Ellington High School at one time was built almost identically to Marksville High. Both had state-of-the-art sports facilities and a swimming-pool, although Ellington’s has since been closed down, and its sports facilities have fallen into disrepair from years of mismanagement and poor funding.  It was built at about the same time, too, for a group of people which had long since evacuated the premises for more opulent suburbs. Some of those inhabitants, Jewish refugees, Poles, swarthy Italians, still remained, octa- and nonagenarians now, tended to by Haitian nurses who were now abundant in Ellington after the immigration booms of the 60s and 70s. It was nonetheless larger than our school in terms of population, and invariably spread thin. Their library’s collection was dated, and there were barely enough funds for the one librarian to stay abreast of new books, despite adamant interest from the student body. There was no drama program, either, and the student dance company was mostly funded by the donations of a particularly successful dancer who made her start at Ellington High and was now a director a the Ailey School. Yet still, what little money the school had seemed to be invested in a fleet of security guards clad in blue uniforms, walking about and chattering on walky-talkies, shooing idlers away, harassing them for hall-passes. The first thing I saw upon entering the building was a police officer reading a book at the front desk, and a security guard who promptly asked us to step through a metal detector. There was only one security guard at Marksville High; Randy, a Black man who lived in Ellington, went to my church, and said hello to me whenever we crossed paths.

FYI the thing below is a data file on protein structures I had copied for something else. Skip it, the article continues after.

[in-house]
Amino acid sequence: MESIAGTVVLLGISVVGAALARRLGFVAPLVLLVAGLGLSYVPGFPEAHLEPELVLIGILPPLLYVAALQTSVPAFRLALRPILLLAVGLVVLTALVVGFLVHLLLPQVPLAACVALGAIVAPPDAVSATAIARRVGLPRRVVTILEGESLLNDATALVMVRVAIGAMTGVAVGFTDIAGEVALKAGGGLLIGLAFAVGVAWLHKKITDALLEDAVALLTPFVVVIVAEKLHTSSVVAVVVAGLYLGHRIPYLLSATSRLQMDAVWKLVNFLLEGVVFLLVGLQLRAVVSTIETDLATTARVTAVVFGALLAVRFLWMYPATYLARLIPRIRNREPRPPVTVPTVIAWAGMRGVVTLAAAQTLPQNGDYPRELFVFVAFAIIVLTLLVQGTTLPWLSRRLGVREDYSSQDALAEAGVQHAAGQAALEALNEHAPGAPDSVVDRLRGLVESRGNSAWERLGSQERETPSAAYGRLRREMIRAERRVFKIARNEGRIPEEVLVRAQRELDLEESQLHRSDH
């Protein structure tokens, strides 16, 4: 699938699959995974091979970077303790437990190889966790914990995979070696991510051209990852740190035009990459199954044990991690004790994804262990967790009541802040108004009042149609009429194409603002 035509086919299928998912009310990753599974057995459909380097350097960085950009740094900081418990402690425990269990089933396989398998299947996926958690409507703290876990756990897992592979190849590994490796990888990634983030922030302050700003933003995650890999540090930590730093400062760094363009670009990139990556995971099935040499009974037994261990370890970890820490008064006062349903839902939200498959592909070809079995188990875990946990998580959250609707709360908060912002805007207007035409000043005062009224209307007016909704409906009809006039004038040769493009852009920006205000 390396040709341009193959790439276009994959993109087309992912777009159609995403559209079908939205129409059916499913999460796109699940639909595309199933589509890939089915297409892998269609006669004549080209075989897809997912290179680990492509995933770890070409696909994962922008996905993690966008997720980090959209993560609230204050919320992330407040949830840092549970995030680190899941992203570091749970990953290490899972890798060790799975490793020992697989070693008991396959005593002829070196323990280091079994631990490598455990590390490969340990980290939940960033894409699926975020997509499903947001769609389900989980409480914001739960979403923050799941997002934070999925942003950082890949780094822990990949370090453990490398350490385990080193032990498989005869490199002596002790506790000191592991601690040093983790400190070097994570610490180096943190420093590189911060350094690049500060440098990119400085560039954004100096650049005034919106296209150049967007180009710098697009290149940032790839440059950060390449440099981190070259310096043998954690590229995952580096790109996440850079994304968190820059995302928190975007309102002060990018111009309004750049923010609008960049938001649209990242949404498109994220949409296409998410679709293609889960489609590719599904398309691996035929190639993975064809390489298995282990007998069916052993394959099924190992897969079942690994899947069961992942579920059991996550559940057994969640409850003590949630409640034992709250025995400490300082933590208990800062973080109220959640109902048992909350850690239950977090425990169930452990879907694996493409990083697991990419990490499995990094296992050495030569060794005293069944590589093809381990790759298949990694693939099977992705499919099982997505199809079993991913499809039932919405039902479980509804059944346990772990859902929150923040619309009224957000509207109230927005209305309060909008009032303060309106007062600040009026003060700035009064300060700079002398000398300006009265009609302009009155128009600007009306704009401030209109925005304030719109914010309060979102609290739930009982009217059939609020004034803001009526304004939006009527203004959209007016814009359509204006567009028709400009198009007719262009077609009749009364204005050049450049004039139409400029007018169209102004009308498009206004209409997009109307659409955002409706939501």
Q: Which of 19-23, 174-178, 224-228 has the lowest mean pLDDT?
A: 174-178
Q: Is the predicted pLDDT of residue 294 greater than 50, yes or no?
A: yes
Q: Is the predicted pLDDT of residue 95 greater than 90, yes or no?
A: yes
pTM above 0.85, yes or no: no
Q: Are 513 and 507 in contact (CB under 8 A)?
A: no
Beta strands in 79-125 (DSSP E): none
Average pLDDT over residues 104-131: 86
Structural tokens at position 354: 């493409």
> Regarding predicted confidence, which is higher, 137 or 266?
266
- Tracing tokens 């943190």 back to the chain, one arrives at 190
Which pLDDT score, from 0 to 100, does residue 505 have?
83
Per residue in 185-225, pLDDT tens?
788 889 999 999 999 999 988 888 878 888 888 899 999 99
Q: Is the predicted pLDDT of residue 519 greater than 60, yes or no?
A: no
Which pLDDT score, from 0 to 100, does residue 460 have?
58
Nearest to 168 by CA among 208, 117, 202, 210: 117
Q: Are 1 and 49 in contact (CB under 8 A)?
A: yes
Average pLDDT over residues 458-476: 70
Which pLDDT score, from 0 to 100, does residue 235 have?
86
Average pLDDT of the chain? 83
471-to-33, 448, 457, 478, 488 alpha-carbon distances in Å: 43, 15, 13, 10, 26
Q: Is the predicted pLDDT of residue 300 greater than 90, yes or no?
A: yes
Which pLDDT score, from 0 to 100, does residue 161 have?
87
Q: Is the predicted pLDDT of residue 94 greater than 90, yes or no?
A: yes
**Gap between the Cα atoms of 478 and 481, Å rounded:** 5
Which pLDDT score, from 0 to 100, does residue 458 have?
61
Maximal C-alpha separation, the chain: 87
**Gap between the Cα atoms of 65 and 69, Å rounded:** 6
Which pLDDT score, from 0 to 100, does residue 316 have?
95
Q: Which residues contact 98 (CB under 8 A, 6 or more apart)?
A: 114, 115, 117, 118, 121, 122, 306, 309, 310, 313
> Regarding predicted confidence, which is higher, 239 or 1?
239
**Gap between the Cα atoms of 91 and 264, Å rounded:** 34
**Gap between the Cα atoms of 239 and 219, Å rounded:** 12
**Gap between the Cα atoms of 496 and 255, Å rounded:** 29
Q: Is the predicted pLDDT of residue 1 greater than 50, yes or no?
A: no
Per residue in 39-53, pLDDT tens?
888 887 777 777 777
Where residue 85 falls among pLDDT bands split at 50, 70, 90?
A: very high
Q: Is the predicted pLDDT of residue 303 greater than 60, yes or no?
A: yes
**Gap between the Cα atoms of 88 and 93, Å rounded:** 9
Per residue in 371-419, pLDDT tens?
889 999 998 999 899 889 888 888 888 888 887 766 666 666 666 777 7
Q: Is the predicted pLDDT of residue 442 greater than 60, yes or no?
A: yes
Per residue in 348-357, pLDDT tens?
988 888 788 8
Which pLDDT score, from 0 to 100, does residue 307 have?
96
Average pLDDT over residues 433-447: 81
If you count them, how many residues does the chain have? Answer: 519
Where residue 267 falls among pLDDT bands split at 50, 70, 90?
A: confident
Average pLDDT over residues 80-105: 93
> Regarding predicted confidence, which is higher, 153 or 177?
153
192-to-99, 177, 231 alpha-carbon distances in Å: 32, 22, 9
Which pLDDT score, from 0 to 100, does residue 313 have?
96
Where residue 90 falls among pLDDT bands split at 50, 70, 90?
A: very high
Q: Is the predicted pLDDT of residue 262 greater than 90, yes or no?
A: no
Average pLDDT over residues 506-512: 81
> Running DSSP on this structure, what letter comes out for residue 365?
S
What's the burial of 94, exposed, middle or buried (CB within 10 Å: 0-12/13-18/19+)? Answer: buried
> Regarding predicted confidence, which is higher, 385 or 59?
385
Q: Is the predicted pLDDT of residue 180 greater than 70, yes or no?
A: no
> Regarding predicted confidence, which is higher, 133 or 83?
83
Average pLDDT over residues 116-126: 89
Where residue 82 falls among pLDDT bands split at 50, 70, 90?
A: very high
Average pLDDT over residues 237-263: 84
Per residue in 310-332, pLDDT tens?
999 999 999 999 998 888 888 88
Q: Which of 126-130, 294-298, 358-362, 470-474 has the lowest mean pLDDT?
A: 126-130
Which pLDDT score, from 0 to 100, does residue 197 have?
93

People were looking at me as we walked through the school. They were not looking at Mr. Johnson, who was probably just as uncomfortable as I was. They seemed to ask “Who is that?” with their eyes. We got there right at passing-time, and students were meandering about in a slow crawl, laughing and screaming and guffawing as all high school kids do. Some kids were playing music loudly from a Bluetooth speaker hidden in a backpack, and the kids around them began Milly Rocking to the music, which caused me to smile, although Mr. Johnson only frowned. “Why must they be so disruptive? They really should get to class and stop fooling around like that.”